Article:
Oh boy. Here we go again. I guess by now most have read the unflattering reviews of Tabula Rasa with the recent lifting of the NDA. Richard Garriott's statement from last week "I think we´ve created something that´s really groundbreaking" doesn't seem to gel with the reports coming in. Many beta testers did indicate that the game did seem to try to break MMO design molds, but that it felt half-hearted and didn't quite deliver.
Two of the issues that stood out to me were poor character creation and steep computer requirements. Another issue is lack of end game options. Players are expected to clone and replay the content with a new class. I'm sure though they will still have a market for Tabula Rasa. There are plenty of players tired of the fantasy mmo's and just looking for something different.
So what is it with the hype involved when someone has already put out a successful game? It's starting to feel like all games are just recycled versions of previous mmo's. Gaming companies want game designers who've already brought a game to market. So designers shuffle from company to company and we get the same stuff. Yeah I know they need people with experience but do they ever hire just creative idea guys?
Once upon a time, I worked for a surgical device company. More specifically, I worked for the department responsible for creating new devices. The guys there had been with the department for 10-25 years. They were great people but they just ran out of ideas. They would approach surgeons and ask what kind of instruments they might want. If the surgeon had an idea, usually the engineers would think on it and say "no, that can't be done." They would acquire patents of devices that other people created and then spent a year or two trying to make them actually work.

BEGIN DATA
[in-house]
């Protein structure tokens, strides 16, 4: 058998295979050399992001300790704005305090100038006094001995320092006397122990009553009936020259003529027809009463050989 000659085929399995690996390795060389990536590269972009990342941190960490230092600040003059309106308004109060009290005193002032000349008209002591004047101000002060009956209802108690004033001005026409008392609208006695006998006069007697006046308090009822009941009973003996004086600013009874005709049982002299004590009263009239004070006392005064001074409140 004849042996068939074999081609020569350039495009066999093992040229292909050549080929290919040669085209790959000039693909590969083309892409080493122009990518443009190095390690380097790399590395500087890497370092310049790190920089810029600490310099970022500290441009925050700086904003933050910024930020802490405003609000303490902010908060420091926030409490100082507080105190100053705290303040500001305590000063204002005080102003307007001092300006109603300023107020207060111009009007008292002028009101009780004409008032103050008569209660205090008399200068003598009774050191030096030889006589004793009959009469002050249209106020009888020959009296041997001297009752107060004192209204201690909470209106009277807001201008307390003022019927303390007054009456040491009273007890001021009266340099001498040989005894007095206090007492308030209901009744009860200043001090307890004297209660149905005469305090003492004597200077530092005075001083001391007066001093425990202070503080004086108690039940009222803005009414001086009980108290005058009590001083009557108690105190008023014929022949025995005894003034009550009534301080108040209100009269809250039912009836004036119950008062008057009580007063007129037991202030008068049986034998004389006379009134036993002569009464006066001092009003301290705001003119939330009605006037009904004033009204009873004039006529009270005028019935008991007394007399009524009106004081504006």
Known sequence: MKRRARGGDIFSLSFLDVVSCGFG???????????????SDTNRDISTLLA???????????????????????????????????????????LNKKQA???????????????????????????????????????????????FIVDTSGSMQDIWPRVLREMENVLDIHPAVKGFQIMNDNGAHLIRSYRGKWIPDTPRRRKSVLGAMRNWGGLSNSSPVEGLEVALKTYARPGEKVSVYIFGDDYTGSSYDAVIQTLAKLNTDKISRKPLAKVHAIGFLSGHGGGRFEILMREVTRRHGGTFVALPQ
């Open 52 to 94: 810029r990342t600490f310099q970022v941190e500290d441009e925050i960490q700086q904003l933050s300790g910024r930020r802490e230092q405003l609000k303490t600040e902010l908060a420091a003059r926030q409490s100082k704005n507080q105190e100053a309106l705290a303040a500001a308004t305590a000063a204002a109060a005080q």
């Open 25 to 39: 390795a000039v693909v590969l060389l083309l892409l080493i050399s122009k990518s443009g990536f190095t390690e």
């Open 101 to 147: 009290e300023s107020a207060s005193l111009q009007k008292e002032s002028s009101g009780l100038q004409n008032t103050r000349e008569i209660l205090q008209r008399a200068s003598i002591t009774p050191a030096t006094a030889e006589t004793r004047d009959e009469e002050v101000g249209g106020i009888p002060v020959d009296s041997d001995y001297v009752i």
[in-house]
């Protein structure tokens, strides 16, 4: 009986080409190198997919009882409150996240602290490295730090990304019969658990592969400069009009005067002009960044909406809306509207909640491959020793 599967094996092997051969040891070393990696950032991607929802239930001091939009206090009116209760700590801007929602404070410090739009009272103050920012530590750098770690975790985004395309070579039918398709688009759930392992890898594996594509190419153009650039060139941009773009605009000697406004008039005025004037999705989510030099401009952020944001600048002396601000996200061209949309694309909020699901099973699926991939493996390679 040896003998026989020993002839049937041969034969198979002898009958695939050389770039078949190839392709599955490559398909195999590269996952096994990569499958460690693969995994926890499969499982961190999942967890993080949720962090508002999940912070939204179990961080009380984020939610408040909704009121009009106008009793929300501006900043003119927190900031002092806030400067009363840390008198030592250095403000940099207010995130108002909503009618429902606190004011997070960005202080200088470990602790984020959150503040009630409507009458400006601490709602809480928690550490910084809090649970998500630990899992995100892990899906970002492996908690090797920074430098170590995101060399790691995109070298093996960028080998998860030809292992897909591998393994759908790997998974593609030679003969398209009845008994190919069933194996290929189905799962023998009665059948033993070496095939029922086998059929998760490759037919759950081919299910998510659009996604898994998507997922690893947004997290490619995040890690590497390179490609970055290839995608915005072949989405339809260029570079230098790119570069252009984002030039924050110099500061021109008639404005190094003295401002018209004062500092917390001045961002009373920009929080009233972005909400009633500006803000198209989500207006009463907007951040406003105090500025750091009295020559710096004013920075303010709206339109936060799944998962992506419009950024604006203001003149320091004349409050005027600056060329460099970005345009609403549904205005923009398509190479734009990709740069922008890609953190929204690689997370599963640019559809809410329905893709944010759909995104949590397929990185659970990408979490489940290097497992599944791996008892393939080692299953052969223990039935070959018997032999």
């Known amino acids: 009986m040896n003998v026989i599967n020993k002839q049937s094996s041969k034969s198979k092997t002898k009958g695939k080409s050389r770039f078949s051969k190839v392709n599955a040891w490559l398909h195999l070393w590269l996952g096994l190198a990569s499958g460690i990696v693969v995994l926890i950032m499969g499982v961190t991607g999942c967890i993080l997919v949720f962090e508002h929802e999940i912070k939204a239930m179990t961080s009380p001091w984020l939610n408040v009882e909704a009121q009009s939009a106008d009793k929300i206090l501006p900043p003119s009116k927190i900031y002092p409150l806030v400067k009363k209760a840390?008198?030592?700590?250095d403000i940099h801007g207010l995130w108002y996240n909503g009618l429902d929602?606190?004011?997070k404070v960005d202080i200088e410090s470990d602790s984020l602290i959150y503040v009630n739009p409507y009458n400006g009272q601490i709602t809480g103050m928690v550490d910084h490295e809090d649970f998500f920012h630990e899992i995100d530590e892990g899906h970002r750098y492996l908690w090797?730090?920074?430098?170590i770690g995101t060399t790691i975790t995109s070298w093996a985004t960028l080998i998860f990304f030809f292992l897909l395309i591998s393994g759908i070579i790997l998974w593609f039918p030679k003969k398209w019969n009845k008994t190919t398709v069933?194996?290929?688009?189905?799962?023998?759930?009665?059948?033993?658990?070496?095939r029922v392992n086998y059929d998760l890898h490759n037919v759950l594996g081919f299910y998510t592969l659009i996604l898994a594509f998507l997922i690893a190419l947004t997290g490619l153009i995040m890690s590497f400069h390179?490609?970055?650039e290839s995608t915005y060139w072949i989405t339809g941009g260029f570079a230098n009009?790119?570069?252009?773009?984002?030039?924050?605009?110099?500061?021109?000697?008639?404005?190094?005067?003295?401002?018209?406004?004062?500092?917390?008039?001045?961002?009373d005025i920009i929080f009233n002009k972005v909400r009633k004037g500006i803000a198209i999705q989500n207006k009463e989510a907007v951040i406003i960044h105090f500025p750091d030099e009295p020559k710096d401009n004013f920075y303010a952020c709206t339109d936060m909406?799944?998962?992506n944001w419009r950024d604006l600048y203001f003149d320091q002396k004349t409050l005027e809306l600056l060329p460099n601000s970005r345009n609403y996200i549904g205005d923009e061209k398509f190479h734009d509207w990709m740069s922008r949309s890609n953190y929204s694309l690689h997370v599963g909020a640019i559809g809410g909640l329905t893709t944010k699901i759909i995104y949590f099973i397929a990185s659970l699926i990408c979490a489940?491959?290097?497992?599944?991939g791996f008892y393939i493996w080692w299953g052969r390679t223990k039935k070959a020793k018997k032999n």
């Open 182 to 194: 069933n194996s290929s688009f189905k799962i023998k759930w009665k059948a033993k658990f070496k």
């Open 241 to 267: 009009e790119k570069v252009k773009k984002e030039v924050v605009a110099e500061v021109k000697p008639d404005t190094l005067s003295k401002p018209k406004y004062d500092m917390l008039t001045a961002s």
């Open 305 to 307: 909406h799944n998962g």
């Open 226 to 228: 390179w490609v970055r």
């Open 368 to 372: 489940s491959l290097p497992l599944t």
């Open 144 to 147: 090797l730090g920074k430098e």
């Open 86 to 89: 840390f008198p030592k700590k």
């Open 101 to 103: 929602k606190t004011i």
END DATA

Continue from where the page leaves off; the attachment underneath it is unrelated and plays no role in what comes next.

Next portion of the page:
Then one summer our department hired a guy just out of school It was just a temporary job mainly to do some drafting type work. He had observed several surgeries, and rather than asking the surgeon for ideas on instruments, he had several of his own on how to make the surgery more efficient. He pitched the idea to the engineer he reported to and he didn't think it could be done. But he made it work. And the department developed their very own surgical device from scratch for the first time. The surgeons themselves hadn't even thought of that type of device and it was a huge success. Of course he was hired on full time.
I know there are people out there like this who would do the same for the MMO industry. I worked with this guy for four years. If he were involved in making games, he'd be the guy pulling 18-hour shifts creating a new gaming engine because the same one that everyone else uses won't accomplish what he wants to do. He'd be observing existing games and coming up with completely new ideas, rather than asking players what they want in a game. Because frankly we don't know what we want, especially if it hasn't been done yet.
Looking back on how that department worked, it has me wondering if some gaming companies might work the same way. We had Team Leaders who pretty much got the credit for the entire project, even though the people under them contributed just as much and sometimes more.
So attaching a name to a game certainly is no guarantee for any second success. Odds are they've already used up their good ideas and spent too many years listening to what players think they want.